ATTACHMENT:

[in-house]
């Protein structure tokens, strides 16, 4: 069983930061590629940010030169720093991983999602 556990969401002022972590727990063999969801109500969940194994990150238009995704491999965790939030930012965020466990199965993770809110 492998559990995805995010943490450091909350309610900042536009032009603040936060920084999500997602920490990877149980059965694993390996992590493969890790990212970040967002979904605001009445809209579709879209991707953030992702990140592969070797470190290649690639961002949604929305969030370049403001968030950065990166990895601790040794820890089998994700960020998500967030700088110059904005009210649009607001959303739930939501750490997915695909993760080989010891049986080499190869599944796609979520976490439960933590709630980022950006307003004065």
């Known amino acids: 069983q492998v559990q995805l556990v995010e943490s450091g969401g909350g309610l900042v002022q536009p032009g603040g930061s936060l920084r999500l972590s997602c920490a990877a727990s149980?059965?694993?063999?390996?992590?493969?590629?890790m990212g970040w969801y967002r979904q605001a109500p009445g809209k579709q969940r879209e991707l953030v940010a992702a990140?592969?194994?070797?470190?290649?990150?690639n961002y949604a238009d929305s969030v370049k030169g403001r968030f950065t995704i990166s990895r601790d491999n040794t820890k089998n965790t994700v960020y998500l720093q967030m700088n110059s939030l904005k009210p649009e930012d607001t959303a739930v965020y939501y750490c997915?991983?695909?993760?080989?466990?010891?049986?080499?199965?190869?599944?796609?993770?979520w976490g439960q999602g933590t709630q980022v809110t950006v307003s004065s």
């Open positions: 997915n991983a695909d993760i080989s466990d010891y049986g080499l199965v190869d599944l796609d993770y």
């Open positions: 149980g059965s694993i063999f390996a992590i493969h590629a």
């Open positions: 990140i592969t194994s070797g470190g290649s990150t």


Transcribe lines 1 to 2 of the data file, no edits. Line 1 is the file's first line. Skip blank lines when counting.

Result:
[in-house]
């Protein structure tokens, strides 16, 4: 069983930061590629940010030169720093991983999602 556990969401002022972590727990063999969801109500969940194994990150238009995704491999965790939030930012965020466990199965993770809110 492998559990995805995010943490450091909350309610900042536009032009603040936060920084999500997602920490990877149980059965694993390996992590493969890790990212970040967002979904605001009445809209579709879209991707953030992702990140592969070797470190290649690639961002949604929305969030370049403001968030950065990166990895601790040794820890089998994700960020998500967030700088110059904005009210649009607001959303739930939501750490997915695909993760080989010891049986080499190869599944796609979520976490439960933590709630980022950006307003004065």